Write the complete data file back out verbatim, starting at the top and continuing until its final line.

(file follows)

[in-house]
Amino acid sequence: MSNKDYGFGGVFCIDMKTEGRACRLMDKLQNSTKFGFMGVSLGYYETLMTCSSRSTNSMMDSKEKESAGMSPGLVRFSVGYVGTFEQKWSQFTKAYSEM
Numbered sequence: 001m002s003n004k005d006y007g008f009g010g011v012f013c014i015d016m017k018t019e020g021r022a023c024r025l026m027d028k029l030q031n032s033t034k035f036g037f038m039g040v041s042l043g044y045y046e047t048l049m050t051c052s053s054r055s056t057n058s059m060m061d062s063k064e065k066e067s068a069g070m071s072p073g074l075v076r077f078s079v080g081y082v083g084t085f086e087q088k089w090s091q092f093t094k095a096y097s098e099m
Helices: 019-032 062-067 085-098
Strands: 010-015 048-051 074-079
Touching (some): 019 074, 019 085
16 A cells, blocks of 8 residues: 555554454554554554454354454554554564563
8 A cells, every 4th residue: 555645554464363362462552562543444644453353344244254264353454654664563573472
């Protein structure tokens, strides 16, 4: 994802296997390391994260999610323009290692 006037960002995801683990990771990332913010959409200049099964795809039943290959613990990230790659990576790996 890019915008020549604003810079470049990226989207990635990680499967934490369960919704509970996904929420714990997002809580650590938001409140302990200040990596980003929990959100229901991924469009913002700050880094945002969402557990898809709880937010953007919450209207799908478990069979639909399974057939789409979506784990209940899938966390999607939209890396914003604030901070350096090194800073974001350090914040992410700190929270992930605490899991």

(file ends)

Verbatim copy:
[in-house]
Amino acid sequence: MSNKDYGFGGVFCIDMKTEGRACRLMDKLQNSTKFGFMGVSLGYYETLMTCSSRSTNSMMDSKEKESAGMSPGLVRFSVGYVGTFEQKWSQFTKAYSEM
Numbered sequence: 001m002s003n004k005d006y007g008f009g010g011v012f013c014i015d016m017k018t019e020g021r022a023c024r025l026m027d028k029l030q031n032s033t034k035f036g037f038m039g040v041s042l043g044y045y046e047t048l049m050t051c052s053s054r055s056t057n058s059m060m061d062s063k064e065k066e067s068a069g070m071s072p073g074l075v076r077f078s079v080g081y082v083g084t085f086e087q088k089w090s091q092f093t094k095a096y097s098e099m
Helices: 019-032 062-067 085-098
Strands: 010-015 048-051 074-079
Touching (some): 019 074, 019 085
16 A cells, blocks of 8 residues: 555554454554554554454354454554554564563
8 A cells, every 4th residue: 555645554464363362462552562543444644453353344244254264353454654664563573472
């Protein structure tokens, strides 16, 4: 994802296997390391994260999610323009290692 006037960002995801683990990771990332913010959409200049099964795809039943290959613990990230790659990576790996 890019915008020549604003810079470049990226989207990635990680499967934490369960919704509970996904929420714990997002809580650590938001409140302990200040990596980003929990959100229901991924469009913002700050880094945002969402557990898809709880937010953007919450209207799908478990069979639909399974057939789409979506784990209940899938966390999607939209890396914003604030901070350096090194800073974001350090914040992410700190929270992930605490899991």